After that article in the paper, I got email from a member of the club. He was rather upset that I’d presumed to speak for the club (which I hadn’t, although the article did identify me as a secretary of the club) and that I’d presumed to speak for all parties involved in the closing, citing problems that this would cause for commercial operators and airlines and the controllers themselves. I never did presume to speak for them – I was asked for my opinion as a private pilot and a user of the air traffic control facilities and the airport, and I did so. When they ask a football player for a quote about a game, do people assume he’s expressing the opinion of the team management, the other players, and the league? I don’t think so.
He expressed his upset in a hyper-agressive manner, writing to the president of the club suggesting that the club have an official policy on who can speak to the media, saying that his employer does that, and CCed to me.
Anyway, he and I went back and forth in email a few times, and I learnt a few things about commercial operations and ATC that I didn’t know before. And he was pretty convincing, making me think that while the tower closing might not hurt me at all, it might hurt other users of the airport. Maybe I would have liked to continue to the debate, but then I got an email from one of the air traffic controllers. Evidently this asshole and former friend was forwarding my email onto his air traffic controller buddies without asking my permission, probably fully anticipating them flaming my ass off.
The controller also had some good points, and again I was adjusting my viewpoint. That’s fine and dandy – I’m not a Republican, so I don’t mind changing my opinion if I get new information, and I see that as a strength not a weakness. But the unconscionable manner in which this hostile third party got my email is appalling. I told the club member that because I can’t trust him to respect my privacy, I will never be sending him any email, and to make sure I don’t do so I’m not going to read any of his email. If he has some item of club policy to discuss, he can take it up with another officer.
But like I said, there were some good points raised, and I’d like to clear the air a bit. So I wrote this letter to the editor. I wonder how much they’ll use.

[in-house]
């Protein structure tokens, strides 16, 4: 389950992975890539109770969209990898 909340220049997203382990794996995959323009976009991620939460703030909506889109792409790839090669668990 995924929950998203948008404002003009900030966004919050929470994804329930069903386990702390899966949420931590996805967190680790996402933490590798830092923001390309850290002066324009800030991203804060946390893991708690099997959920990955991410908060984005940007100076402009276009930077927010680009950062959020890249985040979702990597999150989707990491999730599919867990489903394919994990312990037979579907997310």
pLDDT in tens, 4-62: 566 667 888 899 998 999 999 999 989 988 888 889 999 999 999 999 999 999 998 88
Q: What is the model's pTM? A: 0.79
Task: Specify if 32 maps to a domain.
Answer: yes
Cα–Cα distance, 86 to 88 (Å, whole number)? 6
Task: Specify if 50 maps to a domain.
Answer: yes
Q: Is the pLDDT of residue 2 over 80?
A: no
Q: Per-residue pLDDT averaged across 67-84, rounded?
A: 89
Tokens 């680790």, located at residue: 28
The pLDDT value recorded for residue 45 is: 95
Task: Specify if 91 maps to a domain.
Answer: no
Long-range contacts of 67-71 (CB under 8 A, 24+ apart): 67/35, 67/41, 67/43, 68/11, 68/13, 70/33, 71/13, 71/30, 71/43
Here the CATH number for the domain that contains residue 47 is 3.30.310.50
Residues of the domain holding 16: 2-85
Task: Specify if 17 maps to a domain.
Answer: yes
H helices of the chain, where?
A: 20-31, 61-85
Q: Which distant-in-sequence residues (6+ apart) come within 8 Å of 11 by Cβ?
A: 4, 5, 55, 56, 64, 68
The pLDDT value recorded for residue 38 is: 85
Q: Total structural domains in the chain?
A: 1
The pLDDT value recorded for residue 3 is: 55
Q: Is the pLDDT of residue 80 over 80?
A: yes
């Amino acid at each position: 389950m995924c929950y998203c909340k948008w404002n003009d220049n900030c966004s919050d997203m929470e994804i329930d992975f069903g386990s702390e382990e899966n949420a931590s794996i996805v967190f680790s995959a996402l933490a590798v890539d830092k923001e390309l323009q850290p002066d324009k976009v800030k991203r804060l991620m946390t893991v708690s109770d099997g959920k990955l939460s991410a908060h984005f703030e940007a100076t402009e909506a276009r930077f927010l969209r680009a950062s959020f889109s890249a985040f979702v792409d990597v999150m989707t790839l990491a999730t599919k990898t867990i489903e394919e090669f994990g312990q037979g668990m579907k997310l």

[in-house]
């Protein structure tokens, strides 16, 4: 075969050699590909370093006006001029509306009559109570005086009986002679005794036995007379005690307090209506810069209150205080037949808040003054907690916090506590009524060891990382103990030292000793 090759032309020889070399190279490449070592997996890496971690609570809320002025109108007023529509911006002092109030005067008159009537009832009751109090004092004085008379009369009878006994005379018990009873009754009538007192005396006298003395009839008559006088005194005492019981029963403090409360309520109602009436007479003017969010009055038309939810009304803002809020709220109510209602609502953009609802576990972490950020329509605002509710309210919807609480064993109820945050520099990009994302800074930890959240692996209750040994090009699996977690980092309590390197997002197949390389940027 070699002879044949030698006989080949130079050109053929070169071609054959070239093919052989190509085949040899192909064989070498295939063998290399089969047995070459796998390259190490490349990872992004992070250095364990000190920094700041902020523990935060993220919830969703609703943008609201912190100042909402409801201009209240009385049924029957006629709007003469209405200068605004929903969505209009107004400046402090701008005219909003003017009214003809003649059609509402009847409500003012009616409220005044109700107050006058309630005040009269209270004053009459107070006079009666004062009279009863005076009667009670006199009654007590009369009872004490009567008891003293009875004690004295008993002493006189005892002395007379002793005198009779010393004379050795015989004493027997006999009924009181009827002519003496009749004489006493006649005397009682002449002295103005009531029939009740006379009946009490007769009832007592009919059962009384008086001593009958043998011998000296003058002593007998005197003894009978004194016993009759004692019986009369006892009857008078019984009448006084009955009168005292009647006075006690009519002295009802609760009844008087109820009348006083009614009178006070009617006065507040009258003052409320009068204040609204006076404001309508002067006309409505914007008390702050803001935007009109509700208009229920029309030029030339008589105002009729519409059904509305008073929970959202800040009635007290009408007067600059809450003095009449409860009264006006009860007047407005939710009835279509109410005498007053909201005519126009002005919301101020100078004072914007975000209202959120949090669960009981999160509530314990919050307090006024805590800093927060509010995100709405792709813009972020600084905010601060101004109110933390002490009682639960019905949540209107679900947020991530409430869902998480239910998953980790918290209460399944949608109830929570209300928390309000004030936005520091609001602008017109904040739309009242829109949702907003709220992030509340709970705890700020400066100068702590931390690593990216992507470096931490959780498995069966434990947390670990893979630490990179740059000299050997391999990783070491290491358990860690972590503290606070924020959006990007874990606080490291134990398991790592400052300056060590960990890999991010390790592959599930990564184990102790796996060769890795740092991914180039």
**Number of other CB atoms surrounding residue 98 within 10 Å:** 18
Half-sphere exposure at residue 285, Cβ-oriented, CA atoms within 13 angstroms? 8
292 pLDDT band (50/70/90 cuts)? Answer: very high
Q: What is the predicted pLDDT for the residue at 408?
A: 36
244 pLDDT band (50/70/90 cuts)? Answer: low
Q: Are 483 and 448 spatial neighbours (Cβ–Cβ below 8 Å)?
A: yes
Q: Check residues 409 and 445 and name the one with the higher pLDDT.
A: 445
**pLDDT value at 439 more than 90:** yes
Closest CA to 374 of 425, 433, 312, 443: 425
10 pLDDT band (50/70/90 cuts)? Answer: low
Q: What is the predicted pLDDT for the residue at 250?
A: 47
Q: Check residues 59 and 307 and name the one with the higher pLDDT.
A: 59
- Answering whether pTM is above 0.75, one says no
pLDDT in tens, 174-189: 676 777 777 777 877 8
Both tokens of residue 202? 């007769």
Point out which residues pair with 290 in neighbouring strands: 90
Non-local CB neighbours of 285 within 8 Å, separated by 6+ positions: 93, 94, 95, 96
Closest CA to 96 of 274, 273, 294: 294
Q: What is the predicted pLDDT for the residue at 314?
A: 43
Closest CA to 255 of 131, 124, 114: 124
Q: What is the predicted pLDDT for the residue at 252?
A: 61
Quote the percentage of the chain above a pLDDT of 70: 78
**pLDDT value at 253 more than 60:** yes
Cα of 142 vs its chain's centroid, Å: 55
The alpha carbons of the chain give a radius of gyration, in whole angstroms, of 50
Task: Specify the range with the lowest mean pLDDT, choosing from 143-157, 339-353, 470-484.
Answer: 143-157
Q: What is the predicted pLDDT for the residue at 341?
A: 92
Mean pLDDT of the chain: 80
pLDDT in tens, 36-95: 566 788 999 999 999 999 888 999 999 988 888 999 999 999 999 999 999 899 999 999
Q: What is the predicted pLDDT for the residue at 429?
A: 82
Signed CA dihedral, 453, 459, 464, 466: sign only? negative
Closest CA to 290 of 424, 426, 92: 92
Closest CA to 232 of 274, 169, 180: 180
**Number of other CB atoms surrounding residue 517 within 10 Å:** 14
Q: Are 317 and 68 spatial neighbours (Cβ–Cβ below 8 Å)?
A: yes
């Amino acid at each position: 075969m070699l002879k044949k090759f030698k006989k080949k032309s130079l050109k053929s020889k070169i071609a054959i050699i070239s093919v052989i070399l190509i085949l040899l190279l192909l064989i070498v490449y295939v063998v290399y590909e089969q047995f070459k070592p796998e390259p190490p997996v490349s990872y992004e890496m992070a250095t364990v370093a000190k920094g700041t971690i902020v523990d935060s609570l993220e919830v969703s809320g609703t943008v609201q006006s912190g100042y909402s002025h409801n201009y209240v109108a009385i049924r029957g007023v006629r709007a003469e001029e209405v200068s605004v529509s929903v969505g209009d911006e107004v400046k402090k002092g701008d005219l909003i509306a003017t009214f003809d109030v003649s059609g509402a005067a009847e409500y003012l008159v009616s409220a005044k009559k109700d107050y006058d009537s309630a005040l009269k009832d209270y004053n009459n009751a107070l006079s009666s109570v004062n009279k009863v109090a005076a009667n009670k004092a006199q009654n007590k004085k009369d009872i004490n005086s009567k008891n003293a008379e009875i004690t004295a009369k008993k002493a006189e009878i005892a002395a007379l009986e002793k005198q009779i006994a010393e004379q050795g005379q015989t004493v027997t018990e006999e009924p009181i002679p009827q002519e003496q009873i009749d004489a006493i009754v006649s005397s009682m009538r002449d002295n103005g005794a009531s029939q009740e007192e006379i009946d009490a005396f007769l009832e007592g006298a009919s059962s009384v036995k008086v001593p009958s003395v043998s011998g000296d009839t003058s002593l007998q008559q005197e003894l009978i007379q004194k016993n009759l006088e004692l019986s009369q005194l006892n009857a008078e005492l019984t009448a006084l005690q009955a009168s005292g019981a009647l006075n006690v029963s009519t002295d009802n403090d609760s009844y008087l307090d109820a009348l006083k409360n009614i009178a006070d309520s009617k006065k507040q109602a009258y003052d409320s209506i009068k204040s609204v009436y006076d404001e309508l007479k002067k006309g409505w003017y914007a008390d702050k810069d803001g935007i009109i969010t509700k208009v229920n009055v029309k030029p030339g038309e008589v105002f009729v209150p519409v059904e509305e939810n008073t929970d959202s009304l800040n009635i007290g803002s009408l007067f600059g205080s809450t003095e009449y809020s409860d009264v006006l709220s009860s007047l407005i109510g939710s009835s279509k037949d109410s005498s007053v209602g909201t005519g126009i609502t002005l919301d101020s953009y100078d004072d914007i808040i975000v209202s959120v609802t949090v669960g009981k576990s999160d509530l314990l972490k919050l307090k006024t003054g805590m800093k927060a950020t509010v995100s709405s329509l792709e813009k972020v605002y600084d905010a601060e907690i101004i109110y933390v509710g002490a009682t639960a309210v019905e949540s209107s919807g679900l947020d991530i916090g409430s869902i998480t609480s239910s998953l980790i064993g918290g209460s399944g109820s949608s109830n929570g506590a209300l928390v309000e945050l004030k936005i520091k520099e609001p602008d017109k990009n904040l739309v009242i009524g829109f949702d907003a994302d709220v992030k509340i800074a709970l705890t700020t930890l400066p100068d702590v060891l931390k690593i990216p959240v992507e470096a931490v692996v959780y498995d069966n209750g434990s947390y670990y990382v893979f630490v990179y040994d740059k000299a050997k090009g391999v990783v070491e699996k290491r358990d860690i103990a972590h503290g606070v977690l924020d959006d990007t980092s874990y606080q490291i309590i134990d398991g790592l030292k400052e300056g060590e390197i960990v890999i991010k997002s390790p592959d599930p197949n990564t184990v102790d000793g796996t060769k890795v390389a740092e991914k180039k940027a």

In an article about the possibility of closing the Rochester control tower between midnight and 5am, I was quoted as saying “It’s not a huge deal…pilots are pretty used to flying without towers”. I just want to be perfectly clear that I was speaking only as a private pilot. As a private pilot, I don’t fly to a schedule, and if I land after midnight it’s of my own volition.
Since that article appeared, it has been rather forcefully brought to my attention that my remarks might have been taken to imply that I was speaking for commercial or charter flight pilots as well. They have schedule and regulatory issues that I don’t know anything about, and I don’t presume to speak for them. It’s possible that they would be prohibited from landing at uncontrolled airports, it’s possible that during extreme bad weather that there would be delays to their schedules. I don’t know, which is why I don’t speak for them.
It has also been brought to my attention that before I started flying here, Rochester did have a time when they were closed part time at night, but they stopped that after a couple of near misses – one that was remarkably similar to the 1996 crash in Quincy IL where two aircraft crashed because one of them didn’t use proper non-controlled airport procedures.
I’d also like to say a word for our local air traffic controllers. Rochester approach and tower controllers are the friendliest and most helpful in the north shore area. I didn’t mean any slight to their professionalism or abilities when I said that on the nights I’ve flown here they seemed “bored”.